The predominant theme of bhajans or devotional lyrics, which are often set to music, is the love of man for God, which is represented in the form of woman's love for man, and most particularly as the love of Radha for Krishna, a perennial theme of much of Indian painting, music, poetry, and folk art. Mirabai, a sixteenth-century saint and poet, became "mad" by virtue of her love for Krishna, and she speaks in her compositions of having to abandon this world. Bhakti literature shows a disdain for the conventional pieties and forms of Sanskrit literature, and bhakti poets advocated direct communion with God, having little use for the priestly brahmin class, or for other forms of institutionalized religion. Bhakti poets wrote in the vernacular tongues, but not only in an attempt to acquire a large following, for they thought of Sanskrit as a stagnant language. Another bhakti poet, Kabir, a weaver by birth, mocked the pretensions of both Hindus and Muslims, and described the adherents of both religions as bound by superstitions. He is known for having written in ulti-bhasa, the upside-down tongue, which is also to say that he thought of the world as an upside-down and peculiar place, where the innocent must struggle and the wicked prosper.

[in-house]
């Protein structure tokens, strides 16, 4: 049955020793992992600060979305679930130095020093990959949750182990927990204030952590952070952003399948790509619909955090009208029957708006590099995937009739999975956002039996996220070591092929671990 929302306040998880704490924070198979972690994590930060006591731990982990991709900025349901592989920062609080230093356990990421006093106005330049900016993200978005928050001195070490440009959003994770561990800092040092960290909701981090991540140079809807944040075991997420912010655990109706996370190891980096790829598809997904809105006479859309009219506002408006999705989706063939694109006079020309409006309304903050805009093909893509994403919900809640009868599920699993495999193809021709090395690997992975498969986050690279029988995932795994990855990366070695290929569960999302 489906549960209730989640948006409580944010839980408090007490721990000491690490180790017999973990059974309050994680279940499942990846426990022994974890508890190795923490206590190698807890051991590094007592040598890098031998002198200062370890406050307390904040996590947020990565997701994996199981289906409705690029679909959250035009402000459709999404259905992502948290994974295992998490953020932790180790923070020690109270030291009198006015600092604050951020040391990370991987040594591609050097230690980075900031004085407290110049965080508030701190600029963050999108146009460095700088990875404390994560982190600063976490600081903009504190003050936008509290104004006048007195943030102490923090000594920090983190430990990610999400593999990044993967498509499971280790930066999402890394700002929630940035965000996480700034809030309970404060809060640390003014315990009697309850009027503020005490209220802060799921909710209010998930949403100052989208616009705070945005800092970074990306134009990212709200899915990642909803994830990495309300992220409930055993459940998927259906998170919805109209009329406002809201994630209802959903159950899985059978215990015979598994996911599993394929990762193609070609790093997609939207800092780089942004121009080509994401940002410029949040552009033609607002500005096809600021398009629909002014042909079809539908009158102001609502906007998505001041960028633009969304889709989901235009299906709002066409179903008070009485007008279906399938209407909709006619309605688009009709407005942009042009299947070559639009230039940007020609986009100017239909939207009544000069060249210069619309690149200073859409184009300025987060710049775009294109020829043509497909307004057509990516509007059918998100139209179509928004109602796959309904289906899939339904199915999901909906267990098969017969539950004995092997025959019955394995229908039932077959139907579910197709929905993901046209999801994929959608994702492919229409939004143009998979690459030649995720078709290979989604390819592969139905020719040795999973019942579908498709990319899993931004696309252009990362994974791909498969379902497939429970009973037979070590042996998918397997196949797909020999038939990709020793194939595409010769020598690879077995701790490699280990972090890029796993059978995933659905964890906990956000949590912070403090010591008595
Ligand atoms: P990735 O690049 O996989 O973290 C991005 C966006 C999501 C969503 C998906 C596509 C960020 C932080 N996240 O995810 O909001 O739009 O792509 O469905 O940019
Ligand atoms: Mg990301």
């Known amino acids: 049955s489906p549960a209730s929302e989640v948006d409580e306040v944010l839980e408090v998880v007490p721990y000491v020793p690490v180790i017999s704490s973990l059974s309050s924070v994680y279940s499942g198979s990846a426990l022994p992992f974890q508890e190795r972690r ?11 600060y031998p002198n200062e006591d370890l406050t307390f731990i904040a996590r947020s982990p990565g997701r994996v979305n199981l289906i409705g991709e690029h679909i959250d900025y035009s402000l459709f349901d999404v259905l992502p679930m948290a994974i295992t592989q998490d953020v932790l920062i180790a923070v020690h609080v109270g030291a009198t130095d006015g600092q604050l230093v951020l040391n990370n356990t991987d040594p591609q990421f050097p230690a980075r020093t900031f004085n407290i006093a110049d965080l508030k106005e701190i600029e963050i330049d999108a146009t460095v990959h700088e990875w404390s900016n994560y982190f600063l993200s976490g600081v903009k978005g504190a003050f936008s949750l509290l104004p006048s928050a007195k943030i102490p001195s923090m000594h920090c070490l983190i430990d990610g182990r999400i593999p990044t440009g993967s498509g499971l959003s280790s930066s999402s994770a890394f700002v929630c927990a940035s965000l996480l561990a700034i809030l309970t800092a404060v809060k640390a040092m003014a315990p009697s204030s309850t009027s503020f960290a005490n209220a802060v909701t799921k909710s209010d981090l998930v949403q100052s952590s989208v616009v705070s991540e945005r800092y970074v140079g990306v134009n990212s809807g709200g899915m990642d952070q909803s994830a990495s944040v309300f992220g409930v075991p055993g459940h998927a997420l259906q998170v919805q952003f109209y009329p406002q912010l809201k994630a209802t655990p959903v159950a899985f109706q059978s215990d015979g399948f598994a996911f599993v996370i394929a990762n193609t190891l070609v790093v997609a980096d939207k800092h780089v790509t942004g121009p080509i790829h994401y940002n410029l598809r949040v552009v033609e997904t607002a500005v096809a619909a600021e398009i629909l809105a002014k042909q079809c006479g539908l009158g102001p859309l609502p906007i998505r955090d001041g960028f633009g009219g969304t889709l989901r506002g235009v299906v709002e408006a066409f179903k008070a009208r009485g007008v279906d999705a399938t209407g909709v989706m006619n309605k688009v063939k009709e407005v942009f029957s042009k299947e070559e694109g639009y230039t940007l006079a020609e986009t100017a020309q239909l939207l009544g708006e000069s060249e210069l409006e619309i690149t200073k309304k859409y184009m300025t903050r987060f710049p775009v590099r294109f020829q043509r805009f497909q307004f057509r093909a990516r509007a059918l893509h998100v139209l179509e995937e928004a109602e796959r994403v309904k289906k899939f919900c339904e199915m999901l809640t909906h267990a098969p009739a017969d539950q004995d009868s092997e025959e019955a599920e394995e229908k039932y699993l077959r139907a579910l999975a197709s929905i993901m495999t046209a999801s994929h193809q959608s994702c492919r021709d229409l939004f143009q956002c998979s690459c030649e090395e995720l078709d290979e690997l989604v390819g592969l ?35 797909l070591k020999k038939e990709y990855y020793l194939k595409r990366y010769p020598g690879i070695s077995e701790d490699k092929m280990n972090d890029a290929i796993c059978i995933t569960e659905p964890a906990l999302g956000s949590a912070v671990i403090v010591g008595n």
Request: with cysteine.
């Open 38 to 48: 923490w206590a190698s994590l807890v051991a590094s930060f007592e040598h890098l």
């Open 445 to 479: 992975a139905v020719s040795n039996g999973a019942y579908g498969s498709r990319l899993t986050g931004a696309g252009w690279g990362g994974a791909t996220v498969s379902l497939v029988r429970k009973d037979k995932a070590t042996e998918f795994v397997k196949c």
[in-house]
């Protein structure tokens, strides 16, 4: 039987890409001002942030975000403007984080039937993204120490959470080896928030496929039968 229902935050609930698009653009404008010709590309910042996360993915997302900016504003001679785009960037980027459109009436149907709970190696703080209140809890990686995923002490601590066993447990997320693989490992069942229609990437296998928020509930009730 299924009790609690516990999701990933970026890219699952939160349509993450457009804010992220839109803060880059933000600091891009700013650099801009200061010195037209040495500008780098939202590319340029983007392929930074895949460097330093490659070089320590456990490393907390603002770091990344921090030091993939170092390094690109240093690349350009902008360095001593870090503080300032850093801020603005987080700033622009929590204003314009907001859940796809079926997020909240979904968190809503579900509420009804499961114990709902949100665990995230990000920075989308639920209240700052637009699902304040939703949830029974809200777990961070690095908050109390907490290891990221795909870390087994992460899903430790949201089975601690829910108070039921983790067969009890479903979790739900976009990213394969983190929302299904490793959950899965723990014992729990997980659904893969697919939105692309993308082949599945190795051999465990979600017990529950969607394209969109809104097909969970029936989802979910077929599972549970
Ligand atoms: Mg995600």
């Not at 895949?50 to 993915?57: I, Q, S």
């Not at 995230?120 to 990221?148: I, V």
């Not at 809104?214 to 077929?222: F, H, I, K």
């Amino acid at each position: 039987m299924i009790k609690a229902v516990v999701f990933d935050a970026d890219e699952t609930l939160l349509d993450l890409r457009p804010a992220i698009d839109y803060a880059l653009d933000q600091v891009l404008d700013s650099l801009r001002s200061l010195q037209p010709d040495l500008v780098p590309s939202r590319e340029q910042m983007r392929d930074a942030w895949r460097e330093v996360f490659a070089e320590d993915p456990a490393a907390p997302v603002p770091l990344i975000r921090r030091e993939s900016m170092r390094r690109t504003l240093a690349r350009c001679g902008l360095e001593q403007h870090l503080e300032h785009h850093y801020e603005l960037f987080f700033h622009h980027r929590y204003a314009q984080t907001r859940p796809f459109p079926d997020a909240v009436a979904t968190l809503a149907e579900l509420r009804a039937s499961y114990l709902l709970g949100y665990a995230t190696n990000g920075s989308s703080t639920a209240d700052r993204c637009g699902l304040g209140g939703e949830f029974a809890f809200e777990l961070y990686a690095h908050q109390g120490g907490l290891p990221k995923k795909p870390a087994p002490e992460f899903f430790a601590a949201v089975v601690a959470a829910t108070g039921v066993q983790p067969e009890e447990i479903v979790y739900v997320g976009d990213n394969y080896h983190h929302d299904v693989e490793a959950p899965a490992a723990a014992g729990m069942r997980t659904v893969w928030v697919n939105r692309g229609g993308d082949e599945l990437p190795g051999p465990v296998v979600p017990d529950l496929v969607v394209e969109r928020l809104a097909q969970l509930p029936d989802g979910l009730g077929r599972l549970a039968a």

The lyrics in the selection are by Kabir; the musical composition is by Srinivas Khale, and the bhajan, entitled "Ye Tanu Mundana be Mundna", is sung by Pandit Bhimsen Joshi, one of the greatest exponents of Hindustani music. Born on 4 February 1922 in the Dharwad district of what is now Maharashtra, Bhimsen Joshi received his training at the hands of Sawai Gandharwa, himself the most brilliant disciple of Abdul Karim Khan, who founded the Kirana gharana. His professional career has spanned nearly five decades.